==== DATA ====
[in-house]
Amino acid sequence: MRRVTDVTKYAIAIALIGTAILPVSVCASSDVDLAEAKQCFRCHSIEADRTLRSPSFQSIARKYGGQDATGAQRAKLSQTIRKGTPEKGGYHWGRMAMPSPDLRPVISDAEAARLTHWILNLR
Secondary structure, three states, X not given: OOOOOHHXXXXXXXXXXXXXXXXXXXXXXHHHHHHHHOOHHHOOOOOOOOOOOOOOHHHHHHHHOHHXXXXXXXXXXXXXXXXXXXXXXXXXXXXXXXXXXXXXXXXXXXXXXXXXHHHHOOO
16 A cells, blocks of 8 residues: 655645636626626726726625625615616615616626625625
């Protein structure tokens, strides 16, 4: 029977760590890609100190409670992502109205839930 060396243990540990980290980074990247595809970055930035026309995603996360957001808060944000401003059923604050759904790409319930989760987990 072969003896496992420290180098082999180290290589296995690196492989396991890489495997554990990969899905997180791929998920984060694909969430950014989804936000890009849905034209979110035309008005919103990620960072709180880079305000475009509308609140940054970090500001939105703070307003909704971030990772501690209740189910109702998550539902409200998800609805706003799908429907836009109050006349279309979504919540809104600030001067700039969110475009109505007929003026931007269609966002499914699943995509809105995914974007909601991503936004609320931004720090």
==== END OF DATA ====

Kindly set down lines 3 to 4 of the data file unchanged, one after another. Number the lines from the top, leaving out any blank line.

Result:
Secondary structure, three states, X not given: OOOOOHHXXXXXXXXXXXXXXXXXXXXXXHHHHHHHHOOHHHOOOOOOOOOOOOOOHHHHHHHHOHHXXXXXXXXXXXXXXXXXXXXXXXXXXXXXXXXXXXXXXXXXXXXXXXXXHHHHOOO
16 A cells, blocks of 8 residues: 655645636626626726726625625615616615616626625625